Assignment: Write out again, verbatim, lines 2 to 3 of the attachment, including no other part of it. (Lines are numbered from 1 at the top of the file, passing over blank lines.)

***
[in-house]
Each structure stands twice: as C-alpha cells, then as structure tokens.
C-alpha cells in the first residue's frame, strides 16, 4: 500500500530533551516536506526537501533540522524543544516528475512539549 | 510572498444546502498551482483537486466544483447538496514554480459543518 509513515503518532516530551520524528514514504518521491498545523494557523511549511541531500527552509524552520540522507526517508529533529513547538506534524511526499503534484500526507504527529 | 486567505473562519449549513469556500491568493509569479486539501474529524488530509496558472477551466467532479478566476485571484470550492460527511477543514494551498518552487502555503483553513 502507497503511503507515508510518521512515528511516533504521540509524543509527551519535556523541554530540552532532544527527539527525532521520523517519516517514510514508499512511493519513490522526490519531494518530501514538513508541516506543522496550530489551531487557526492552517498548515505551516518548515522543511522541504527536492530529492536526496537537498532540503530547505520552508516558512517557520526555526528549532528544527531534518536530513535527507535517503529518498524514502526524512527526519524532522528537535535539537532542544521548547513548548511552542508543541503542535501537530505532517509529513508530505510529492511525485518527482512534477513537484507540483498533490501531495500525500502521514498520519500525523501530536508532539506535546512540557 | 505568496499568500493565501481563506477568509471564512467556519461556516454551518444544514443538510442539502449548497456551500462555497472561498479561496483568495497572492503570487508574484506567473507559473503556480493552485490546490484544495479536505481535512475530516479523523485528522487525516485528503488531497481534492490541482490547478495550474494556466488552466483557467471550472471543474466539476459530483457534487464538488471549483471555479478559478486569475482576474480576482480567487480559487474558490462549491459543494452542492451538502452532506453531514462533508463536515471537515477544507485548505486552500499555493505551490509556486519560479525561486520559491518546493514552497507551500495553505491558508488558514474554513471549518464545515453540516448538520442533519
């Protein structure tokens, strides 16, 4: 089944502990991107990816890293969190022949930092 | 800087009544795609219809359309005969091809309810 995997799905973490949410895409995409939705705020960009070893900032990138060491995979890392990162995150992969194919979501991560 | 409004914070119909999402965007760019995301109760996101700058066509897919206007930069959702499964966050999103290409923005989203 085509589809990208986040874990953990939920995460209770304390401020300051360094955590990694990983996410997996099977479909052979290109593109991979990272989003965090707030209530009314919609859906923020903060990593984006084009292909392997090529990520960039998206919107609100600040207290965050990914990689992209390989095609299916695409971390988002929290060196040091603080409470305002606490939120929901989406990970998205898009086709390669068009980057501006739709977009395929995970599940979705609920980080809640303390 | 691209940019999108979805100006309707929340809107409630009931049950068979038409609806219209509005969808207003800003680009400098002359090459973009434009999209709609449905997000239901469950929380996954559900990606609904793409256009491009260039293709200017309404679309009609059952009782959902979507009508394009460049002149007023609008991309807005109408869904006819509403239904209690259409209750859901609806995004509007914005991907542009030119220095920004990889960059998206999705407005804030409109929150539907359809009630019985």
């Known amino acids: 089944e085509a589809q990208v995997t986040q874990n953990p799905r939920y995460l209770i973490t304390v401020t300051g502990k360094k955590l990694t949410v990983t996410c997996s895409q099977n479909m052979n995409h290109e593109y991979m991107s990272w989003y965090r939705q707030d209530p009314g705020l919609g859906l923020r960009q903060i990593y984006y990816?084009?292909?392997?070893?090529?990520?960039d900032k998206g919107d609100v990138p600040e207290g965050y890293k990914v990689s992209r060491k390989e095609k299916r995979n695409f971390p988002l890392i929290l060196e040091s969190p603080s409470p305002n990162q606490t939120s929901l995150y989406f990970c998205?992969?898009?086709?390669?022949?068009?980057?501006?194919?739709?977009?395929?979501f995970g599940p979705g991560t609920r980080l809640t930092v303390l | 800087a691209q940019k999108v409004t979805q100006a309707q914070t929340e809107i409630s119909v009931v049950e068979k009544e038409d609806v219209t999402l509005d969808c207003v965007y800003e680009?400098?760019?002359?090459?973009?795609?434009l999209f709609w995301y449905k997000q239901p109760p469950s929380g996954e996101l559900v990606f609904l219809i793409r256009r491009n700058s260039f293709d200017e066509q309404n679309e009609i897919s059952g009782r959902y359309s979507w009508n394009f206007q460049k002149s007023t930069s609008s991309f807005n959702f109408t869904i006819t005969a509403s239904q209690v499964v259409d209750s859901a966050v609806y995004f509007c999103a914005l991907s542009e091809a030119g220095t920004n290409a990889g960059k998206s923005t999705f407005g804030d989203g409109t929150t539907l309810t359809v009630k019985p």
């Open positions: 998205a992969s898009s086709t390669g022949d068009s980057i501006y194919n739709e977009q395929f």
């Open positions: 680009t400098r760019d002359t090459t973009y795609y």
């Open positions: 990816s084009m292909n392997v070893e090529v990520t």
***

Each structure stands twice: as C-alpha cells, then as structure tokens.
C-alpha cells in the first residue's frame, strides 16, 4: 500500500530533551516536506526537501533540522524543544516528475512539549 | 510572498444546502498551482483537486466544483447538496514554480459543518 509513515503518532516530551520524528514514504518521491498545523494557523511549511541531500527552509524552520540522507526517508529533529513547538506534524511526499503534484500526507504527529 | 486567505473562519449549513469556500491568493509569479486539501474529524488530509496558472477551466467532479478566476485571484470550492460527511477543514494551498518552487502555503483553513 502507497503511503507515508510518521512515528511516533504521540509524543509527551519535556523541554530540552532532544527527539527525532521520523517519516517514510514508499512511493519513490522526490519531494518530501514538513508541516506543522496550530489551531487557526492552517498548515505551516518548515522543511522541504527536492530529492536526496537537498532540503530547505520552508516558512517557520526555526528549532528544527531534518536530513535527507535517503529518498524514502526524512527526519524532522528537535535539537532542544521548547513548548511552542508543541503542535501537530505532517509529513508530505510529492511525485518527482512534477513537484507540483498533490501531495500525500502521514498520519500525523501530536508532539506535546512540557 | 505568496499568500493565501481563506477568509471564512467556519461556516454551518444544514443538510442539502449548497456551500462555497472561498479561496483568495497572492503570487508574484506567473507559473503556480493552485490546490484544495479536505481535512475530516479523523485528522487525516485528503488531497481534492490541482490547478495550474494556466488552466483557467471550472471543474466539476459530483457534487464538488471549483471555479478559478486569475482576474480576482480567487480559487474558490462549491459543494452542492451538502452532506453531514462533508463536515471537515477544507485548505486552500499555493505551490509556486519560479525561486520559491518546493514552497507551500495553505491558508488558514474554513471549518464545515453540516448538520442533519